Being late doesn’t always work out for Microsoft. The new Windows Phone, for example, was so late, that Android was able to play the underdog before Microsoft could.
Thankfully, the underdog mentality also comes with a short memory. How else to explain how the maker of an operating system so unstable it has its own acronym—the BSOD—could ever be trusted again?
(I have a theory. The fact that Microsoft’s and Windows’ reputations haven’t been nearly as tarnished as they should be is a testament to two things: The fact that for many years, there simply weren’t any other options for computing, work or otherwise; And the reality that for many users, real computing didn’t exist until high-speed Internet did, by which point, Windows XP had become pretty stable.)
What’s interesting is that, had Microsoft rushed into a Windows 8 release and/or a Win8 tablet release like everyone called for, the company might never have stumbled upon the Surface device.
The bottom line: Numerous tablet forecasts indicate that the vast majority of us will buy and own a tablet over the next five years. These same forecasts also indicate a steep ramp-up period starting around now. Right when Microsoft is about to saturate the market with what I expect will be a blitzkrieg of a marketing campaign around Windows 8.
6. This Windows 8 launch will determine Microsoft’s fate
All of the above said, if you need proof that this release is the most important in Microsoft’s history, consider this: In the same week where Microsoft made so many Windows 8 announcements, the company also posted a quarterly earnings loss for the first time ever.
Despite the quarterly earnings, things are looking up for Microsoft, which continues to receive favourable coverage of Windows 8. I’ve said it before, and I’ll say it again: It feels like the Redmond giant is beginning to get it together.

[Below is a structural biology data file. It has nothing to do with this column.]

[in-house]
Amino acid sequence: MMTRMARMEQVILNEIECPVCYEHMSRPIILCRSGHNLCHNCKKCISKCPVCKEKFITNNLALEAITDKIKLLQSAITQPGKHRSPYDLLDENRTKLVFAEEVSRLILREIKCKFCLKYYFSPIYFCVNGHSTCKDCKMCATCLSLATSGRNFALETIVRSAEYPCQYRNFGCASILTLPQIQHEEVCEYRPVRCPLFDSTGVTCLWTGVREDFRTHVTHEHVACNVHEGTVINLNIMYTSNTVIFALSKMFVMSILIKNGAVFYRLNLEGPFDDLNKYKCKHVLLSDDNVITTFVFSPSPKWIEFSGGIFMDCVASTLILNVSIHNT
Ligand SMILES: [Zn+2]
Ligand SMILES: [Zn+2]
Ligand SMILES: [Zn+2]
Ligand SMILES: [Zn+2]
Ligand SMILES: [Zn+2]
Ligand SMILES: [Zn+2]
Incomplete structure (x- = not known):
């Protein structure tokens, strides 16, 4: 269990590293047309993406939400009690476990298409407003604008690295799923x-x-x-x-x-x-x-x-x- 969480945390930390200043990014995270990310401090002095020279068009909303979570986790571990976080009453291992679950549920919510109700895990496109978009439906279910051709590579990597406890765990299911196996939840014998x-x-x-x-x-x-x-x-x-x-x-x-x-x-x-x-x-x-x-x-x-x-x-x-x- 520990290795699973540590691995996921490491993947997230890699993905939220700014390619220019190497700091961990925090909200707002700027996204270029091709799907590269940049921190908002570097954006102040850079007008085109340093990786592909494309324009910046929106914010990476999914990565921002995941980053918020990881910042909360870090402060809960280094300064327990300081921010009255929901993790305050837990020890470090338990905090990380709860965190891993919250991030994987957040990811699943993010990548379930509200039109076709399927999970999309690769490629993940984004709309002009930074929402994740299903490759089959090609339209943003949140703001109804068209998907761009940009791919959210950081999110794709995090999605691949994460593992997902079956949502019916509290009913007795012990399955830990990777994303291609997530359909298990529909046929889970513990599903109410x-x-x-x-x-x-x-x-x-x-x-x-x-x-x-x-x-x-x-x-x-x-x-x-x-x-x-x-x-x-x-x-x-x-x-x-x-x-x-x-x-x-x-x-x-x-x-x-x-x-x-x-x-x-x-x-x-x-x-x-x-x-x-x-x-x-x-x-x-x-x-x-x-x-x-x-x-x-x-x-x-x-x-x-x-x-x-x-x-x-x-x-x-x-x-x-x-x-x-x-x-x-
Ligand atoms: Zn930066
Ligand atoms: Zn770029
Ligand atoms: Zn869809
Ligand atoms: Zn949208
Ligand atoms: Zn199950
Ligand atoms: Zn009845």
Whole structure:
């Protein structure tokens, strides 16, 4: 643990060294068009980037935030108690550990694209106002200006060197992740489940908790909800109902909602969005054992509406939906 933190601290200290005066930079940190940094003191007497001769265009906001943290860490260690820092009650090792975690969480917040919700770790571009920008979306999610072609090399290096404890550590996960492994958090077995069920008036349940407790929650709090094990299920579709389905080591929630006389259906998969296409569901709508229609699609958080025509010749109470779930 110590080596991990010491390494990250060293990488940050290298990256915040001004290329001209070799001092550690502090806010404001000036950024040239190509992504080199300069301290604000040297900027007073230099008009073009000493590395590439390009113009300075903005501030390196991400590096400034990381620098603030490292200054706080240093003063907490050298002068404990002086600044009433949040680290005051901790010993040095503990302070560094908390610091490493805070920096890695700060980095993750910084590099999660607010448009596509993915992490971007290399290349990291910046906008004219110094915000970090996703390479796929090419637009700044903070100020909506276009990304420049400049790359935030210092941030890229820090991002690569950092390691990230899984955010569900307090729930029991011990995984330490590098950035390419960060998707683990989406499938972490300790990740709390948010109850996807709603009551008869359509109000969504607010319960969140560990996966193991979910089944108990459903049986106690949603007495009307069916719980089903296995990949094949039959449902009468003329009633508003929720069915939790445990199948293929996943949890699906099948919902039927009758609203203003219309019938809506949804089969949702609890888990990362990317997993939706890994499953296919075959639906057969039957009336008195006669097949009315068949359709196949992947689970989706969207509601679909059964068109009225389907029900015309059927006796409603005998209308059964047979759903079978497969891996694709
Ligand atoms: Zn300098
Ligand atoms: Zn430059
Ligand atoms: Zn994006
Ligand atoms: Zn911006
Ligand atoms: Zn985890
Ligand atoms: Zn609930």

Even Ballmer is on point—I swear I could hear Eye of the Tiger in the background of his comments that Microsoft would take the battle to Apple. (BTW, the Eye of the Tiger video has to be one of the biggest disconnects between movies and real-life in history. How did this get made?)
Runner-up here: Barnes & Noble, which has promised never-before-seen screen technology for its next 7in Nook announcement.
We’ll see what this means soon, but as part owner of B&N, Microsoft has to be feeling confident in its investment.
Even though executives are refuting rumours that News Corp. is considering killing off The Daily, it’s clear that all is not well at Rupert Murdoch’s $30 million foray into tablet publishing.
The runner up here is Intel. Despite solid earnings and reports that over 20 tablets and 140 ultrabooks using its Atom processor are in development, there’s no shaking the fact that the company’s real mobile fortune is still almost exclusively tied to Microsoft, a company that is desperately pursuing ARM.
At the end of the week, reports started to break regarding potential problems with Google’s Nexus 7 tablet. Some of the Asus-manufactured tablets are allegedly suffering from backlight bleeding, which is resulting in uneven lighting across the screen.
This does not appear to be a widespread problem, but it bears watching. In the meantime, based on TabTimes’ coverage, it appears that Google will replace any defective units.
Also worth watching: Will iPad sales pick up in China? Apple didn’t exactly have a stunning opening week for its tablet overseas.
Finally, yours truly has a big tablet travel decision to make. Vacation starts next Friday—what do I bring? The iPad for sure—the built-in 4G and Kindle app makes it a no-brainer.
But do I also bring a laptop? I’ll be working a little bit (who doesn’t during vacations these days?), but not that much. And what about the Kindle Fire? What about an old-school Kindle for that matter?
Right now, I’m thinking yes iPad, no Kindle Fire, yes Kindle, and maybe laptop. I’ll report back next weekend. These are big decisions, people.
Article source: TabTimes